160         ix0 += ix0 + ((ix1 & sign) >> 31);
161         ix1 += ix1;
162         r >>= 1;
163     }
165     r = sign;
166     while (r != 0) {
167         t1 = s1 + r;
168         t = s0;
169         if ((t < ix0) || ((t == ix0) && (t1 <= ix1))) {
170             s1 = t1 + r;
171             if (((t1 & sign) == sign) && (s1 & sign) == 0)
172                 s0 += 1;
173             ix0 -= t;
174             if (ix1 < t1)
175                 ix0 -= 1;
176             ix1 -= t1;
177             q1 += r;
178         }
179         ix0 += ix0 + ((ix1 & sign) >> 31);
180         ix1 += ix1;
181         r >>= 1;
182     }
184     /* use floating add to find out rounding direction */
185     if ((ix0 | ix1) != 0) {
186         z = one - tiny;         /* trigger inexact flag */
187         if (z >= one) {
188             z = one + tiny;
189             if (q1 == (u_int32_t) 0xffffffff) {
190                 q1 = 0;
191                 q += 1;
192             } else if (z > one) {
193                 if (q1 == (u_int32_t) 0xfffffffe)
194                     q += 1;
195                 q1 += 2;
196             } else
197                 q1 += (q1 & 1);
198         }
199     }
200     ix0 = (q >> 1) + 0x3fe00000;
201     ix1 = q1 >> 1;
202     if ((q & 1) == 1)
203         ix1 |= sign;
204     ix0 += (m << 20);
205     INSERT_WORDS(z, ix0, ix1);
206     return z;
207 }
209 /*
210 Other methods  (use floating-point arithmetic)
211 -------------
212 (This is a copy of a drafted paper by Prof W. Kahan
213 and K.C. Ng, written in May, 1986)
215 	Two algorithms are given here to implement sqrt(x)
216 	(IEEE double precision arithmetic) in software.
217 	Both supply sqrt(x) correctly rounded. The first algorithm (in
218 	Section A) uses newton iterations and involves four divisions.
219 	The second one uses reciproot iterations to avoid division, but
220 	requires more multiplications. Both algorithms need the ability
221 	to chop results of arithmetic operations instead of round them,
222 	and the INEXACT flag to indicate when an arithmetic operation
223 	is executed exactly with no roundoff error, all part of the
224 	standard (IEEE 754-1985). The ability to perform shift, add,
225 	subtract and logical AND operations upon 32-bit words is needed
226 	too, though not part of the standard.
228 A.  sqrt(x) by Newton Iteration
230    (1)	Initial approximation
232 	Let x0 and x1 be the leading and the trailing 32-bit words of
233 	a floating point number x (in IEEE double format) respectively
235 	    1    11		     52				  ...widths
236 	   ------------------------------------------------------
237 	x: |s|	  e     |	      f				|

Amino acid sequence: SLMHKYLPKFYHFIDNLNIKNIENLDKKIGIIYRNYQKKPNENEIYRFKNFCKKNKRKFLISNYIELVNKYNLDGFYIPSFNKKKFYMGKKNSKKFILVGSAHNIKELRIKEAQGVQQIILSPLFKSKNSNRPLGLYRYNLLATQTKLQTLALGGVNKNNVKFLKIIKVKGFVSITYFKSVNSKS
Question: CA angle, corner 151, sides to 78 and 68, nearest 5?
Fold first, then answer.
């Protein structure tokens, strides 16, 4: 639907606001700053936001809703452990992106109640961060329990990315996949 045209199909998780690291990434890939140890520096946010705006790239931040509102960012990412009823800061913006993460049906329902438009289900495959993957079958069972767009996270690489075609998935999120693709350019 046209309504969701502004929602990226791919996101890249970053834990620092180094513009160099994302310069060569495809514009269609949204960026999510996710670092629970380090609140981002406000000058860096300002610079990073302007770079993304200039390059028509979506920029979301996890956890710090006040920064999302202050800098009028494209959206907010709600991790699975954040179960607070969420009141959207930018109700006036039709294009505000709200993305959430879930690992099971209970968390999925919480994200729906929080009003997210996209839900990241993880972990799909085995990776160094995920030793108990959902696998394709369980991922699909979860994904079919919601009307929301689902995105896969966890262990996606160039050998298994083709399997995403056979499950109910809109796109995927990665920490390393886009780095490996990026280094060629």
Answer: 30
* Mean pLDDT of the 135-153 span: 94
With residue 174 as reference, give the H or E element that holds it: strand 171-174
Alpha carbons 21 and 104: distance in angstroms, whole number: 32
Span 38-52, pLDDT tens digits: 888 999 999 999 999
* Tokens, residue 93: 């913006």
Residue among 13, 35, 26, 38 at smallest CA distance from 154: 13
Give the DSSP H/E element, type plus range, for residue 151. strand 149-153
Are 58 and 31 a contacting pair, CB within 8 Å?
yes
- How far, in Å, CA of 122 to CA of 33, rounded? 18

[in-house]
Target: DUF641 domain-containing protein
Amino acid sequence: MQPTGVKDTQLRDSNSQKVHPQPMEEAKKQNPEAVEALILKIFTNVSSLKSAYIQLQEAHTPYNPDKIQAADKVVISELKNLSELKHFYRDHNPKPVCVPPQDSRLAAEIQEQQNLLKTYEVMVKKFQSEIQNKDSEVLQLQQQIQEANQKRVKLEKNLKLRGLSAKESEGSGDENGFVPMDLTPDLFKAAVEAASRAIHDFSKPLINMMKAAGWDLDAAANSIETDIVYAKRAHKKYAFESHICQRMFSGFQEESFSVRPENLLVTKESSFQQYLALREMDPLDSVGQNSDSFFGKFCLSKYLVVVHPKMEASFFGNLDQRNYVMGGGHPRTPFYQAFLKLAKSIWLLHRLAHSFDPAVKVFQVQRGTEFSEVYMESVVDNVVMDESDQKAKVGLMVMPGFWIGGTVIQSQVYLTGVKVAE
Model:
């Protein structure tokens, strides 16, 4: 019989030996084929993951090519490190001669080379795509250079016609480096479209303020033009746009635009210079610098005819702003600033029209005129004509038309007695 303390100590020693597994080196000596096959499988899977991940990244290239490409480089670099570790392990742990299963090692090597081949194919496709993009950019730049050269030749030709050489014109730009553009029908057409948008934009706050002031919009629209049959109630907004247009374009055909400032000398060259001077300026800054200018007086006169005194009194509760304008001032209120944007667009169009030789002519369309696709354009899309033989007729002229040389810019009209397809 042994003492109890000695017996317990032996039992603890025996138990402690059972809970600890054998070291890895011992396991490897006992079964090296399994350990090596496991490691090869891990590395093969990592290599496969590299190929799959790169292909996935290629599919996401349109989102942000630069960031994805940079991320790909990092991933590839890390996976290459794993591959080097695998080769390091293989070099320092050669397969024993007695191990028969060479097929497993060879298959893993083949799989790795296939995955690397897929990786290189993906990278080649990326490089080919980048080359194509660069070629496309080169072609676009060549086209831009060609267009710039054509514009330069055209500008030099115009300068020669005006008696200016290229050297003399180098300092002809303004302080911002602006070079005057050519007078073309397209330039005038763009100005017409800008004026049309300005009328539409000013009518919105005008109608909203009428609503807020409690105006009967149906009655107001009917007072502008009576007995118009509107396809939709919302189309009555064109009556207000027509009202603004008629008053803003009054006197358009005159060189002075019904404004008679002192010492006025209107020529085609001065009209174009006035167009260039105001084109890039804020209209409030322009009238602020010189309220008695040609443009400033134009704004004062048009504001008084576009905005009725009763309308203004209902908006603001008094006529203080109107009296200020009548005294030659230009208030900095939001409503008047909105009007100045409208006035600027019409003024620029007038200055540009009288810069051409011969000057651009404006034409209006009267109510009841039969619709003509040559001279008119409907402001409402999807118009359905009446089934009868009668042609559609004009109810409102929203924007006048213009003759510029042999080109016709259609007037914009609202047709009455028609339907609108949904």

238 	   ------------------------------------------------------
239 	      msb    lsb  msb				      lsb ...order
242 	     ------------------------  	     ------------------------
243 	x0:  |s|   e    |    f1     |	 x1: |          f2           |
244 	     ------------------------  	     ------------------------
246 	By performing shifts and subtracts on x0 and x1 (both regarded
247 	as integers), we obtain an 8-bit approximation of sqrt(x) as
248 	follows.
250 		k  := (x0>>1) + 0x1ff80000;
251 		y0 := k - T1[31&(k>>15)].	... y ~ sqrt(x) to 8 bits
252 	Here k is a 32-bit integer and T1[] is an integer array containing
253 	correction terms. Now magically the floating value of y (y's
254 	leading 32-bit word is y0, the value of its trailing word is 0)
255 	approximates sqrt(x) to almost 8-bit.
257 	Value of T1:
258 	static int T1= {
259 	0,	1024,	3062,	5746,	9193,	13348,	18162,	23592,
260 	29598,	36145,	43202,	50740,	58733,	67158,	75992,	85215,
261 	83599,	71378,	60428,	50647,	41945,	34246,	27478,	21581,
262 	16499,	12183,	8588,	5674,	3403,	1742,	661,	130,};
264     (2)	Iterative refinement
266 	Apply Heron's rule three times to y, we have y approximates
267 	sqrt(x) to within 1 ulp (Unit in the Last Place):
269 		y := (y+x/y)/2		... almost 17 sig. bits
270 		y := (y+x/y)/2		... almost 35 sig. bits
271 		y := y-(y-x/y)/2	... within 1 ulp
274 	Remark 1.
275 	    Another way to improve y to within 1 ulp is:
277 		y := (y+x/y)		... almost 17 sig. bits to 2*sqrt(x)
278 		y := y - 0x00100006	... almost 18 sig. bits to sqrt(x)
280 				2
281 			    (x-y )*y
282 		y := y + 2* ----------	...within 1 ulp
283 			       2
284 			     3y  + x
287 	This formula has one division fewer than the one above; however,
288 	it requires more multiplications and additions. Also x must be
289 	scaled in advance to avoid spurious overflow in evaluating the
290 	expression 3y*y+x. Hence it is not recommended uless division
291 	is slow. If division is very slow, then one should use the
292 	reciproot algorithm given in section B.
294     (3) Final adjustment
296 	By twiddling y's last bit it is possible to force y to be
297 	correctly rounded according to the prevailing rounding mode
298 	as follows. Let r and i be copies of the rounding mode and
299 	inexact flag before entering the square root program. Also we
300 	use the expression y+-ulp for the next representable floating
301 	numbers (up and down) of y. Note that y+-ulp = either fixed
302 	point y+-1, or multiply y by nextafter(1,+-inf) in chopped
303 	mode.
305 		I := FALSE;	... reset INEXACT flag I
306 		R := RZ;	... set rounding mode to round-toward-zero
307 		z := x/y;	... chopped quotient, possibly inexact
308 		If(not I) then {	... if the quotient is exact
309 		    if(z=y) {
310 		        I := i;	 ... restore inexact flag
311 		        R := r;  ... restore rounded mode
312 		        return sqrt(x):=y.
313 		    } else {
314 			z := z - ulp;	... special rounding